A more well know test was done in 1942 during World War II to test alternatives types of paper; this was a precautionary measure in case the current type of paper supply could not be maintained. Series 1935A notes made of the special paper were printed with a red "S" to the right of the treasury seal and notes of the control group were printed with a red "R". Fake red S's and R's have been applied to regular Series 1935A notes to try and pass them at a higher value; checking a note's serial numbers can prevent this. Serial numbers of the R group range from S70884001C–S7206800C and serial numbers of the S group range from S73884001C–S7506800C. This article is about the year. ...


One dollar bills were again the subject of experimentation in May 1992 when the BEP began to test a web-fed press. Instead of printing one side of a square sheet of 32 notes at a time, a web-fed press used 96 plates to print both sides of notes from a continuous roll of paper. The notes were issued in Series 1988A, 1993, and 1995. Because of mechanical problems as well as the sometimes poor quality of the notes, the test was ended in July 1996. Web notes can be identified by the back plate number next to IN GOD WE TRUST and the removal of face check letters and quadrant numbers. [1] 1992 (MCMXCII) was a leap year starting on Wednesday. ... 1996 (MCMXCVI) is a leap year starting on Monday of the Gregorian calendar, and was designated the International Year for the Eradication of Poverty. ...


Reverse of current $1 bill

The reverse of the one dollar bill has an ornate design that incorporates the Great Seal of the United States, and it is of noted interest to historians and numerologists for the symbols contained therein. Obverse The Great Seal of the United States is used to authenticate certain documents issued by the United States government. ... Numerology is the study of the purported mystical or esoteric relationship between numbers and the character or action of physical objects and living things. ...


To the left is the reverse of the seal which portrays an unfinished pyramid. The separated cap of the pyramid, portraying the all-seeing eye, symbolizes that the United States is still far from finished. The Latin phrase Annuit Cœptis (He [God] has favored our undertaking) is located above the pyramid. NOVUS ORDO SECLORUM (New Order of the Ages) is shown on a ribbon below the pyramid. Written at the base of the pyramid in Roman Numerals is MDCCLXXVI or 1776, the year the United States Declaration of Independence was signed. // Geometry See Pyramid (geometry) Geometric shape created by connecting a polygonal base to an apex An n-sided pyramid is a polyhedron formed by connecting an n-sided polygonal base and a point, called the apex, by n triangular faces (n≥3). ... The Eye of Providence floating above an unfinished pyramid on the reverse of the Great Seal of the United States. ... Latin is an ancient Indo-European language originally spoken in the region around Rome called Latium. ... Reverse side of the Great Seal of the United States Annuit CÅ“ptis is one of two mottos (the other being Novus Ordo Seclorum) on the reverse side of the Great Seal of the United States. ... The phrase Novus Ordo Seclorum (Latin for New Order of the Ages) appears on the reverse of the Great Seal of the United States, first designed in 1782 and printed on the back of the American dollar bill since 1935. ... The system of Roman numerals is a numeral system originating in ancient Rome, and was adapted from Etruscan numerals. ... This article is about the year 1776. ... U.S. Declaration of Independence The Declaration of Independence is a document in which the Thirteen Colonies declared themselves independent of the Kingdom of Great Britain and explained their justifications for doing so. ...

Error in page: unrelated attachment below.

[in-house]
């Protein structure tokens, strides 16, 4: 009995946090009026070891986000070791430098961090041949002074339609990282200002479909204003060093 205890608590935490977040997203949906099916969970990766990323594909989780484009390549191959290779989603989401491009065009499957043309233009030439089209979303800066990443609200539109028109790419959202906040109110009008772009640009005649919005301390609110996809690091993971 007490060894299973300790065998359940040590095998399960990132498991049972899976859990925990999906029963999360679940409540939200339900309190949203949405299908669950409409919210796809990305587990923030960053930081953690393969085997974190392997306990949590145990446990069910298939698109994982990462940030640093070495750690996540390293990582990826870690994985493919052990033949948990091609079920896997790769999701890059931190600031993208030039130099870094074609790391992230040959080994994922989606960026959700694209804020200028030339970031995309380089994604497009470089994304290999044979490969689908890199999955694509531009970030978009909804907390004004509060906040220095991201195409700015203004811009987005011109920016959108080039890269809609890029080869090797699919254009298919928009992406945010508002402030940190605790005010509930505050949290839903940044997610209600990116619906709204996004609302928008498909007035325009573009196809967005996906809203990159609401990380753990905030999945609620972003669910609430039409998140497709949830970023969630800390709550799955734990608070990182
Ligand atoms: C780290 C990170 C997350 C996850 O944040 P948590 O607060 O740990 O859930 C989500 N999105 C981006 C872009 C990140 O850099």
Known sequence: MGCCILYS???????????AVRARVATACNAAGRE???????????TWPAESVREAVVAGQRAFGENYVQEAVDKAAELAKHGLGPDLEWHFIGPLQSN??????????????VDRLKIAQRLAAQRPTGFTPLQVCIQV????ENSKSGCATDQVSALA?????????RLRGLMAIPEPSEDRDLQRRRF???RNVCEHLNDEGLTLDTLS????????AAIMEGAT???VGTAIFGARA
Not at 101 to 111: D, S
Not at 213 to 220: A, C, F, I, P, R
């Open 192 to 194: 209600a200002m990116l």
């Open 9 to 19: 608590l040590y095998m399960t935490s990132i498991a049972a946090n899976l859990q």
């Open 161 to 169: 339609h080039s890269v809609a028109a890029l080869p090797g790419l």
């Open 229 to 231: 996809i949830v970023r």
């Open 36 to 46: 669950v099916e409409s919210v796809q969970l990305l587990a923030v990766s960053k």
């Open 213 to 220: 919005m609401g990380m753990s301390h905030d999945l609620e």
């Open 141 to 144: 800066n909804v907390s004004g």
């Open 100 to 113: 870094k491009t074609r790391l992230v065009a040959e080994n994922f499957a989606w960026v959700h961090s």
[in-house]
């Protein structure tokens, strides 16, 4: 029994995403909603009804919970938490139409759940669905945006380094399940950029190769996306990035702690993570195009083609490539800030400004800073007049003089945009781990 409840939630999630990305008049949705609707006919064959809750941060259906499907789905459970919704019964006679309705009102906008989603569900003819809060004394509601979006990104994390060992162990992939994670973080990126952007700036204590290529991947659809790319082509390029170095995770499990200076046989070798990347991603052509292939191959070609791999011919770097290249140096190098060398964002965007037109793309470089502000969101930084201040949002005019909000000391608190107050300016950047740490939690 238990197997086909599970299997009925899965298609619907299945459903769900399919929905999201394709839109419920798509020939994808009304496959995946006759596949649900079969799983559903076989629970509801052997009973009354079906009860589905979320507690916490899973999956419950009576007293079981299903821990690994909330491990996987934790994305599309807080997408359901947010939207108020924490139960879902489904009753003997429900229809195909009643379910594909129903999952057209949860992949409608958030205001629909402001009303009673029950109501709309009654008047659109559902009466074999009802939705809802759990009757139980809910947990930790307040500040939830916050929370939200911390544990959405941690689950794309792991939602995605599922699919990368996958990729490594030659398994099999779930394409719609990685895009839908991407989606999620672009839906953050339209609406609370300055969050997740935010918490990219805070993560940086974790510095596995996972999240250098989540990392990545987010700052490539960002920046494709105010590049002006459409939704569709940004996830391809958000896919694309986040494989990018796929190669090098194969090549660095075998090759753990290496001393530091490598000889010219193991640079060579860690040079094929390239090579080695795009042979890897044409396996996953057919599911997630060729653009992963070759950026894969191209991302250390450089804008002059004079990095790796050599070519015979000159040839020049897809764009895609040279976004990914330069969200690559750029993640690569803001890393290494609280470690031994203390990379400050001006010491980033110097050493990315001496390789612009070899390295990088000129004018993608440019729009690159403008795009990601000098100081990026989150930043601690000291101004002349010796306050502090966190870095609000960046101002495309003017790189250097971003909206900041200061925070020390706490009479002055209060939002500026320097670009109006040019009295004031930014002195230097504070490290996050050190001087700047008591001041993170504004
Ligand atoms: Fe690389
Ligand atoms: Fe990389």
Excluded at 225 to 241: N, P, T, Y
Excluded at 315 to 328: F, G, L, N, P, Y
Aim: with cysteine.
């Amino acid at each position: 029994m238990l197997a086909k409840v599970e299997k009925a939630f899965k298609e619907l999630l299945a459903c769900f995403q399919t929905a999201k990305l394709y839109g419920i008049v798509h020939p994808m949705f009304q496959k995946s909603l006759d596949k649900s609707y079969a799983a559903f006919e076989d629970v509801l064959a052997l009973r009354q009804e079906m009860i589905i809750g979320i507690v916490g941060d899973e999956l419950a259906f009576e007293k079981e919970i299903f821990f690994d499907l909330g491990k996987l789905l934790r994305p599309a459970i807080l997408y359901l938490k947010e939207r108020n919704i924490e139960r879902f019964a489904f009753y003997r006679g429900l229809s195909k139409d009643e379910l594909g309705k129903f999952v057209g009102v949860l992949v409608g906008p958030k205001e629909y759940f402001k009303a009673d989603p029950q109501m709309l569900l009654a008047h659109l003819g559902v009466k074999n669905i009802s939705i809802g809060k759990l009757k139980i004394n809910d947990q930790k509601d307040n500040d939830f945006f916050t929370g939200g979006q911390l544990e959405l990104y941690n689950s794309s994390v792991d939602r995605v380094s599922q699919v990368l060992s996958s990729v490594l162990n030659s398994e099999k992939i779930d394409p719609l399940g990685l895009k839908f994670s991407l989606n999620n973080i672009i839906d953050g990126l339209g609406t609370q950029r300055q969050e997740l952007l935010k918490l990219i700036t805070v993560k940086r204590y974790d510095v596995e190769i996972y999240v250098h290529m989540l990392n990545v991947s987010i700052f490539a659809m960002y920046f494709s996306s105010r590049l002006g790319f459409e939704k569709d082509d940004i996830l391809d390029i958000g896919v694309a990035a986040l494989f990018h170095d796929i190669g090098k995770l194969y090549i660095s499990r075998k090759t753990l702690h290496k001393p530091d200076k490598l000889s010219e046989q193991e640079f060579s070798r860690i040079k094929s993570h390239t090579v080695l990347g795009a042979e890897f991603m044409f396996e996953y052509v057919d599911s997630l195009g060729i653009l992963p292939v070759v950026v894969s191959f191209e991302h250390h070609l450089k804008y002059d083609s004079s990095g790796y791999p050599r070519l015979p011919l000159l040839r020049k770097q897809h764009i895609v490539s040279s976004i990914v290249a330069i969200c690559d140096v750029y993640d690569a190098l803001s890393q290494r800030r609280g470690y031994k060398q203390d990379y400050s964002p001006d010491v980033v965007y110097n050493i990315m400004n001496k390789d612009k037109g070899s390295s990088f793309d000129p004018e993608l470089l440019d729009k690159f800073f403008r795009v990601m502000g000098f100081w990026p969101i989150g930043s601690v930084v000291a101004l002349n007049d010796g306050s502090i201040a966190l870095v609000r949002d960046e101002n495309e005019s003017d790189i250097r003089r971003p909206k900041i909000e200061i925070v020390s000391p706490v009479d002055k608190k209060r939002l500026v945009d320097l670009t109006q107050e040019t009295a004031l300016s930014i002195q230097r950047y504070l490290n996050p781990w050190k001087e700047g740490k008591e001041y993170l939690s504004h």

To the right is the obverse of the Great Seal portraying a heraldic Bald Eagle. In front of the eagle is an unsupported shield which symbolizes the fledgling country's ability to stand on its own, unified by congress; this is symbolized by the blue bar on top of the shield. Above the eagle's head is a glory with 13 stars. Clutched in the eagle's beak is a ribbon that reads E PLURIBUS UNUM (From many, one). It also holds an olive branch and arrows in its claws, symbolizing the desire of peace, but the readiness to fight. Heraldry is the science and art of describing of coats-of-arms, also referred to as achievements or armorial bearings. ... Binomial name Haliaeetus leucocephalus (Linnaeus, 1766) The Bald Eagle (Haliaeetus leucocephalus) is a bird of prey indigenous to North America, most recognizable as the national bird of the United States. ...


The number thirteen, symbolizing the 13 original colonies, shows up numerous times: See also Thirteen, a 2003 movie, 13 an album by British band Blur, Thirteen an album by Teenage Fanclub. ...

  • 13 stars above the eagle
  • 13 steps on the Pyramid
  • 13 letters in ANNUIT COEPTIS
  • 13 letters in E PLURIBUS UNUM
  • 13 bars on the shield
  • 13 leaves on the olive branch
  • 13 fruits
  • 13 arrows

See also

A bill stamped with the Dave Anderson stamp Wheres George? is a website that tracks American paper money. ...

External links

References

  • Official 2006 Blackbook Price Guide to United States Paper Money (38th edition)
  • Standard Catalog of United States Paper Money 17th edition published by Krause Publications
  • The Official RED BOOK A Guide Book of United States Paper Money
  • Standard Guide to Small-Size U.S. Paper Money
United States currency and coinage
Topics: Federal Reserve Note | United States Note | United States coinage | United States dollar
Currency: $1 | $2 | $5 | $10 | $20 | $50 | $100 | Larger denominations
Coinage: Cent | Nickel | Dime | Quarter | Half Dollar | Dollar